Halfword and byte forms of instructions

In this section:

In standard (16 bit) assembler notation, many instructions have two forms depending on whether the operand is of type byte or word. In 32 bit assembler, instructions may have three forms - full word (32-bit), half word (16-bit) and byte (8-bit).

Rather than follow the Intel convention that the instruction is defined by its operand (something which is hard to define in the context of Fortran variables), each distinct instruction has a different mnemonic. The conventional Intel mnemonic refers to the 32-bit form of the instruction, and we append an 'H' to refer to a half word instruction (constructed using an operand size prefix) or a 'B' to refer to a byte instruction where available. Thus for example we have the following string move instructions:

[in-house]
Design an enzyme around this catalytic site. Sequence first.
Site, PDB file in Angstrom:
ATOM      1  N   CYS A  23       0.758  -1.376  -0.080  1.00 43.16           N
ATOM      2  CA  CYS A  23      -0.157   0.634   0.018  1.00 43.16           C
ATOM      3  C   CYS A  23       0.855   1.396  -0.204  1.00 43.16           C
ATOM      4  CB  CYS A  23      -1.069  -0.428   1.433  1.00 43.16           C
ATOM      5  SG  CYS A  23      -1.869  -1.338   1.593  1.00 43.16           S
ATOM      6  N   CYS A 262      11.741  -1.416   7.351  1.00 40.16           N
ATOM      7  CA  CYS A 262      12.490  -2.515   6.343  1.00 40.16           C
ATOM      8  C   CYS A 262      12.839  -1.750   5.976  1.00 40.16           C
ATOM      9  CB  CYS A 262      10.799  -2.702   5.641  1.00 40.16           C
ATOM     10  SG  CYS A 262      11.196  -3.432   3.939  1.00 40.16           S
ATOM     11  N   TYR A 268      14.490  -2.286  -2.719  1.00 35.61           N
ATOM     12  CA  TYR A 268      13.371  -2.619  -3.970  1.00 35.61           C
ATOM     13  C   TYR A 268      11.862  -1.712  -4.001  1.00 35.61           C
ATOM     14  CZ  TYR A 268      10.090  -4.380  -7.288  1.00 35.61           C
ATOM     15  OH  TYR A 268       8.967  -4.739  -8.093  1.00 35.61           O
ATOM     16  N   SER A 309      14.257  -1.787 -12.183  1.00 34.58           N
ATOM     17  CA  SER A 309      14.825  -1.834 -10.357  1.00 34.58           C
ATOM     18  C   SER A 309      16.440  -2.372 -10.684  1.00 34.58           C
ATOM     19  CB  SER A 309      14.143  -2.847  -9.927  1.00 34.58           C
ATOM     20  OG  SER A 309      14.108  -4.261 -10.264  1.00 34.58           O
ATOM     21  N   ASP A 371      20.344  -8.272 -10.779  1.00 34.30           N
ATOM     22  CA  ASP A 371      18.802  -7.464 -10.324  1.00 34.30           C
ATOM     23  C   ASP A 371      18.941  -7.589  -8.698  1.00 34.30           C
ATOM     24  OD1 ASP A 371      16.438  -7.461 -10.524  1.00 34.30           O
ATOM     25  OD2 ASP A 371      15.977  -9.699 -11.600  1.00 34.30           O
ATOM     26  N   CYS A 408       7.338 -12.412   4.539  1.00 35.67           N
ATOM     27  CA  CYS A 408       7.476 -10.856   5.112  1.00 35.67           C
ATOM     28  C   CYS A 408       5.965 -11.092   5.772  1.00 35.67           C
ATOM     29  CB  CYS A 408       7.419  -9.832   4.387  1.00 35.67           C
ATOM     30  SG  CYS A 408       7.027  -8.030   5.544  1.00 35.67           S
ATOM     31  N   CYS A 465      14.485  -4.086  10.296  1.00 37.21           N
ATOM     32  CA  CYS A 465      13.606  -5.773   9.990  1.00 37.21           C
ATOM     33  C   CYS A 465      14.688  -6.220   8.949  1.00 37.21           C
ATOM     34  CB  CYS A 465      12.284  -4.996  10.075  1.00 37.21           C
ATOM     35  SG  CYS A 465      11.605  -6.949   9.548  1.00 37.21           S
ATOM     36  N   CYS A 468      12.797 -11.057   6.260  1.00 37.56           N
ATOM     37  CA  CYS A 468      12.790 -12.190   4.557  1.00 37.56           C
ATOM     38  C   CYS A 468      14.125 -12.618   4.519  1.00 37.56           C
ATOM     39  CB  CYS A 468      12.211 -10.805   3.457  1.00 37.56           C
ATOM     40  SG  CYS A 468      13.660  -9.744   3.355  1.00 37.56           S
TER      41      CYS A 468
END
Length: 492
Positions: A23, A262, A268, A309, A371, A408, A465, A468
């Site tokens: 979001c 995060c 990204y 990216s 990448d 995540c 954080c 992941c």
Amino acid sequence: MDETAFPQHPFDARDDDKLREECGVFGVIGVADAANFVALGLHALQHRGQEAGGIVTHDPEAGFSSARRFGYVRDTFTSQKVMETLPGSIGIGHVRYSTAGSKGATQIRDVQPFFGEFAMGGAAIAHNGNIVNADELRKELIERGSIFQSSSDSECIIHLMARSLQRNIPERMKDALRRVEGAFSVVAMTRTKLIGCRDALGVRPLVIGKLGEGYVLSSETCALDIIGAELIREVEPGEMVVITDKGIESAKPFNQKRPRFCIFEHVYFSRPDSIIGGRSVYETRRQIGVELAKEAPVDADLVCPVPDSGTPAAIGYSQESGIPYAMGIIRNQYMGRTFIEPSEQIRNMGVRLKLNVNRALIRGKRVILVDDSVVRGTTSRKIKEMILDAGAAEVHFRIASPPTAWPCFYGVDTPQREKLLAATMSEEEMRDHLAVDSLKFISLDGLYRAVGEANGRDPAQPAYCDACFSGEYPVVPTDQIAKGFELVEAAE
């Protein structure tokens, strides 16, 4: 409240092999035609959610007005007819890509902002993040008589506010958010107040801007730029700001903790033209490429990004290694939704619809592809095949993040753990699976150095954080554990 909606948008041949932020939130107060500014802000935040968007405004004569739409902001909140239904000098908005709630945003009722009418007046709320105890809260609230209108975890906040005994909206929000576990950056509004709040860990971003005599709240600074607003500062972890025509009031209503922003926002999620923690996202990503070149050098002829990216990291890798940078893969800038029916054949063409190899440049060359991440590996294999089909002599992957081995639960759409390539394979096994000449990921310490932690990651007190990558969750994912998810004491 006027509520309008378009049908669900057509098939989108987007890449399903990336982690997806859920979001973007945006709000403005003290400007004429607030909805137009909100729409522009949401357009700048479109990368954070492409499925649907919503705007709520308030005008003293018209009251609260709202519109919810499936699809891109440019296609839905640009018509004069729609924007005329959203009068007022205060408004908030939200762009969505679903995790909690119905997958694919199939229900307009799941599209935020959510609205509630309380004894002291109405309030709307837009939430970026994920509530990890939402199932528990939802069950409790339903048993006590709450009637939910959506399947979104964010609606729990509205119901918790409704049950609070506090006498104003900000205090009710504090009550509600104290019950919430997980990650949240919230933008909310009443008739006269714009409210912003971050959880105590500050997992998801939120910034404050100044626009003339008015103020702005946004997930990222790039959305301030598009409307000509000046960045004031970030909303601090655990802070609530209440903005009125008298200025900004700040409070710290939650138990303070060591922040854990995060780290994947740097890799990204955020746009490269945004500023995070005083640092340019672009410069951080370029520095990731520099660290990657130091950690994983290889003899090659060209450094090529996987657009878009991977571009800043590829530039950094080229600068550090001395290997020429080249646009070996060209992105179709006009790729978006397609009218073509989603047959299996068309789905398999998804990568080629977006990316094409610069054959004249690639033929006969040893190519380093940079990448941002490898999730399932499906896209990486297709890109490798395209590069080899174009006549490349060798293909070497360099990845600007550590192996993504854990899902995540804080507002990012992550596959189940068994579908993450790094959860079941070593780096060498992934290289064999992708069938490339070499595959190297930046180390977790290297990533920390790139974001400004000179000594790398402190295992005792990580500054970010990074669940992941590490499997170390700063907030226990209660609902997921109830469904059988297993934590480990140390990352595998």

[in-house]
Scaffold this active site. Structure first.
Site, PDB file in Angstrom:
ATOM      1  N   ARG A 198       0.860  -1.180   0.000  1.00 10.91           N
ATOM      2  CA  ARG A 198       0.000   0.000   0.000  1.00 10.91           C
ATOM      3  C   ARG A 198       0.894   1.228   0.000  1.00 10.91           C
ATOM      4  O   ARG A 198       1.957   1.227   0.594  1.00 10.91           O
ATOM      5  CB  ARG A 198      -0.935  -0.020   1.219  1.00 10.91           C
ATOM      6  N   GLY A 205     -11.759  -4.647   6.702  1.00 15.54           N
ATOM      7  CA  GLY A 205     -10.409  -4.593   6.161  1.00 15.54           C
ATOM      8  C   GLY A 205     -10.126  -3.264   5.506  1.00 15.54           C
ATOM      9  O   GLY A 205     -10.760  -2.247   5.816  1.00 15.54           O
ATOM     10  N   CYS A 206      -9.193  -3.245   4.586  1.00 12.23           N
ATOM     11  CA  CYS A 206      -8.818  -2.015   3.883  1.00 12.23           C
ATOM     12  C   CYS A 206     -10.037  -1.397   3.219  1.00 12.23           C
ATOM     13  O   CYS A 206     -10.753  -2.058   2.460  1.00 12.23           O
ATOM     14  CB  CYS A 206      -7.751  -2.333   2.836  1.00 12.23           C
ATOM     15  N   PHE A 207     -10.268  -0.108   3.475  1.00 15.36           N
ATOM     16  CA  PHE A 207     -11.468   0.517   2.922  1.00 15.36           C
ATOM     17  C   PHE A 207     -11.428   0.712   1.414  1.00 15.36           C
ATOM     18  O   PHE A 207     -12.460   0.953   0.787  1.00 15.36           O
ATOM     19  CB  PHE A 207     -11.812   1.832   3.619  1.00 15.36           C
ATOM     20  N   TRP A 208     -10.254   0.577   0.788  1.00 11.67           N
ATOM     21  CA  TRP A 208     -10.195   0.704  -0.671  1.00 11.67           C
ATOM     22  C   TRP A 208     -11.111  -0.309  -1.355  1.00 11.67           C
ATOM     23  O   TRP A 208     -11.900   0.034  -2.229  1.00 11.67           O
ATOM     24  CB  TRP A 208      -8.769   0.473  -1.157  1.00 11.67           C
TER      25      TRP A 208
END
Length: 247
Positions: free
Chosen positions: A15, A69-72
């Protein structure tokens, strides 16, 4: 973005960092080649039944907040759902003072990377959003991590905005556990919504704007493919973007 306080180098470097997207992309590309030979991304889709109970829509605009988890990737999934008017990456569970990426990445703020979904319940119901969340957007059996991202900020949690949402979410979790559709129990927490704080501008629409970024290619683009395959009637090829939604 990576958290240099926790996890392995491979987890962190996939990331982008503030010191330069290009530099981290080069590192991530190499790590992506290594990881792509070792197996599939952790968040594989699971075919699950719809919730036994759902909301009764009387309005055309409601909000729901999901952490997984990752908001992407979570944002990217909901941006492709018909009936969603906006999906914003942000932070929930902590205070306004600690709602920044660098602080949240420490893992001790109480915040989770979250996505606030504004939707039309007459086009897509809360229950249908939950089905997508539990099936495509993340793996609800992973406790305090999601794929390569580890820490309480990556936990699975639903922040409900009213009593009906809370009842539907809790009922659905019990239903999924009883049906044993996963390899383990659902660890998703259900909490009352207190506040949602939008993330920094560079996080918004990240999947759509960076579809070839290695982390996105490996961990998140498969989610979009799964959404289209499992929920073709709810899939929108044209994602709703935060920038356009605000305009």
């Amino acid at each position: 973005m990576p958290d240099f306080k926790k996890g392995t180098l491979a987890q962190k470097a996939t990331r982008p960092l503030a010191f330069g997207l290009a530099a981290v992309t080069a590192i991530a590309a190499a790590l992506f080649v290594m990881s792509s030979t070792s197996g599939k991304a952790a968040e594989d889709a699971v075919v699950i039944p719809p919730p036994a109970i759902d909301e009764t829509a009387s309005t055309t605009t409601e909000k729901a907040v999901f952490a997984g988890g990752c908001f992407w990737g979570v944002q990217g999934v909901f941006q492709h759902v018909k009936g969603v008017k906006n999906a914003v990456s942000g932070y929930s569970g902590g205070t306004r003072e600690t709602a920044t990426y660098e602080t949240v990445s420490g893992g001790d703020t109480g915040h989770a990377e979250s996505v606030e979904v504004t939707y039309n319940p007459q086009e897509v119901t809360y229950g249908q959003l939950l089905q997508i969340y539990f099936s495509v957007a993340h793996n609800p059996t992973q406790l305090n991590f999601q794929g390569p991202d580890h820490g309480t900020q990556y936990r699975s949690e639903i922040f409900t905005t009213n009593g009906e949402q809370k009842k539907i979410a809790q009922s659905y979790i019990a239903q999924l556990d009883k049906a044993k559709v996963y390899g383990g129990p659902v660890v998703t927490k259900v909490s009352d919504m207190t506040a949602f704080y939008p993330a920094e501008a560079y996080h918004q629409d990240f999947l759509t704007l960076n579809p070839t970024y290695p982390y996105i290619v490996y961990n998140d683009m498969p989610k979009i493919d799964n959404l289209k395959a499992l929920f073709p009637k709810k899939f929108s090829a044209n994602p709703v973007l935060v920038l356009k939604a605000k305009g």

MOVS ;Move a full word
MOVSH ;Move a half word
MOVSB ;Move a byte

A similar scheme is used with the memory reference coprocessor instructions. Thus we have for example four types of memory reference floating point additions:

FIADDH I ;Add an integer half word
FIADD L ;Add an integer full word
FADD R ;Add a short real (4 bytes)
DFADD D ;Add a long real (8 bytes)



Copyright © 1999-2024 Silverfrost Limited